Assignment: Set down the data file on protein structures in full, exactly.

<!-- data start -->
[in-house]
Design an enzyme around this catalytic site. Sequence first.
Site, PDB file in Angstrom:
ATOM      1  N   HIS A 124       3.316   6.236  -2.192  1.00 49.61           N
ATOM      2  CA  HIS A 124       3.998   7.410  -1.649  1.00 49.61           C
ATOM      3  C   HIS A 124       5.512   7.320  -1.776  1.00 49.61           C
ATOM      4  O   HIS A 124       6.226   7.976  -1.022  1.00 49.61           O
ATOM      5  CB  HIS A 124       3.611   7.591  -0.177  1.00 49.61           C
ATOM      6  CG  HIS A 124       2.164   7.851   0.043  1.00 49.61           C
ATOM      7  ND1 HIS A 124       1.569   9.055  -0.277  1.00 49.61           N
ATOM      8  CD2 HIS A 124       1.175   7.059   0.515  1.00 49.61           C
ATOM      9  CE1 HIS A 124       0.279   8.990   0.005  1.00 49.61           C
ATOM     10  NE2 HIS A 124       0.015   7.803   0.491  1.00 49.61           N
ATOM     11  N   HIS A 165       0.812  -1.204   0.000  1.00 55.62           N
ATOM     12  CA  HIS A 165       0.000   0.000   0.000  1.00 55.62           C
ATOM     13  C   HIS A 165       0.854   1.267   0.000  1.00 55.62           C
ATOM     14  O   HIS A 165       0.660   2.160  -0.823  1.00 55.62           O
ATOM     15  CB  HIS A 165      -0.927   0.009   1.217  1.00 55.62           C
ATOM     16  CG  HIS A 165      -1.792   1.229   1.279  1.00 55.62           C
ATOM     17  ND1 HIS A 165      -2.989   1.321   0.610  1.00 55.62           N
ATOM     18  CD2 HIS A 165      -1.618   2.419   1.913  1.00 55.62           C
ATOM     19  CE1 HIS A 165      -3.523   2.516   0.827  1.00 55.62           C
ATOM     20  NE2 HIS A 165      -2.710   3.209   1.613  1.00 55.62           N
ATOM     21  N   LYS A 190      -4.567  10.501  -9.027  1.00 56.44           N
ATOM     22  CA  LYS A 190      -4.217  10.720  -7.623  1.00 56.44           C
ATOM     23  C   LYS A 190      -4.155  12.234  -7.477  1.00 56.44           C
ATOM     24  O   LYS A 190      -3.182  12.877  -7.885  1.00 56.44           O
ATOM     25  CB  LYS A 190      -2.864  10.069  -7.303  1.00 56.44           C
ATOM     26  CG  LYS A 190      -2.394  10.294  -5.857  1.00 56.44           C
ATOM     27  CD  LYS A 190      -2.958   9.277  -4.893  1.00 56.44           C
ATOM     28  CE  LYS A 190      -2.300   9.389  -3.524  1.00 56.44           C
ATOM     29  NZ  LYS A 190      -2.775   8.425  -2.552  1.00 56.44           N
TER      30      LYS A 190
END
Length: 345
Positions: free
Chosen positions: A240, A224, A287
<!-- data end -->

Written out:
[in-house]
Design an enzyme around this catalytic site. Sequence first.
Site, PDB file in Angstrom:
ATOM      1  N   HIS A 124       3.316   6.236  -2.192  1.00 49.61           N
ATOM      2  CA  HIS A 124       3.998   7.410  -1.649  1.00 49.61           C
ATOM      3  C   HIS A 124       5.512   7.320  -1.776  1.00 49.61           C
ATOM      4  O   HIS A 124       6.226   7.976  -1.022  1.00 49.61           O
ATOM      5  CB  HIS A 124       3.611   7.591  -0.177  1.00 49.61           C
ATOM      6  CG  HIS A 124       2.164   7.851   0.043  1.00 49.61           C
ATOM      7  ND1 HIS A 124       1.569   9.055  -0.277  1.00 49.61           N
ATOM      8  CD2 HIS A 124       1.175   7.059   0.515  1.00 49.61           C
ATOM      9  CE1 HIS A 124       0.279   8.990   0.005  1.00 49.61           C
ATOM     10  NE2 HIS A 124       0.015   7.803   0.491  1.00 49.61           N
ATOM     11  N   HIS A 165       0.812  -1.204   0.000  1.00 55.62           N
ATOM     12  CA  HIS A 165       0.000   0.000   0.000  1.00 55.62           C
ATOM     13  C   HIS A 165       0.854   1.267   0.000  1.00 55.62           C
ATOM     14  O   HIS A 165       0.660   2.160  -0.823  1.00 55.62           O
ATOM     15  CB  HIS A 165      -0.927   0.009   1.217  1.00 55.62           C
ATOM     16  CG  HIS A 165      -1.792   1.229   1.279  1.00 55.62           C
ATOM     17  ND1 HIS A 165      -2.989   1.321   0.610  1.00 55.62           N
ATOM     18  CD2 HIS A 165      -1.618   2.419   1.913  1.00 55.62           C
ATOM     19  CE1 HIS A 165      -3.523   2.516   0.827  1.00 55.62           C
ATOM     20  NE2 HIS A 165      -2.710   3.209   1.613  1.00 55.62           N
ATOM     21  N   LYS A 190      -4.567  10.501  -9.027  1.00 56.44           N
ATOM     22  CA  LYS A 190      -4.217  10.720  -7.623  1.00 56.44           C
ATOM     23  C   LYS A 190      -4.155  12.234  -7.477  1.00 56.44           C
ATOM     24  O   LYS A 190      -3.182  12.877  -7.885  1.00 56.44           O
ATOM     25  CB  LYS A 190      -2.864  10.069  -7.303  1.00 56.44           C
ATOM     26  CG  LYS A 190      -2.394  10.294  -5.857  1.00 56.44           C
ATOM     27  CD  LYS A 190      -2.958   9.277  -4.893  1.00 56.44           C
ATOM     28  CE  LYS A 190      -2.300   9.389  -3.524  1.00 56.44           C
ATOM     29  NZ  LYS A 190      -2.775   8.425  -2.552  1.00 56.44           N
TER      30      LYS A 190
END
Length: 345
Positions: free
Chosen positions: A240, A224, A287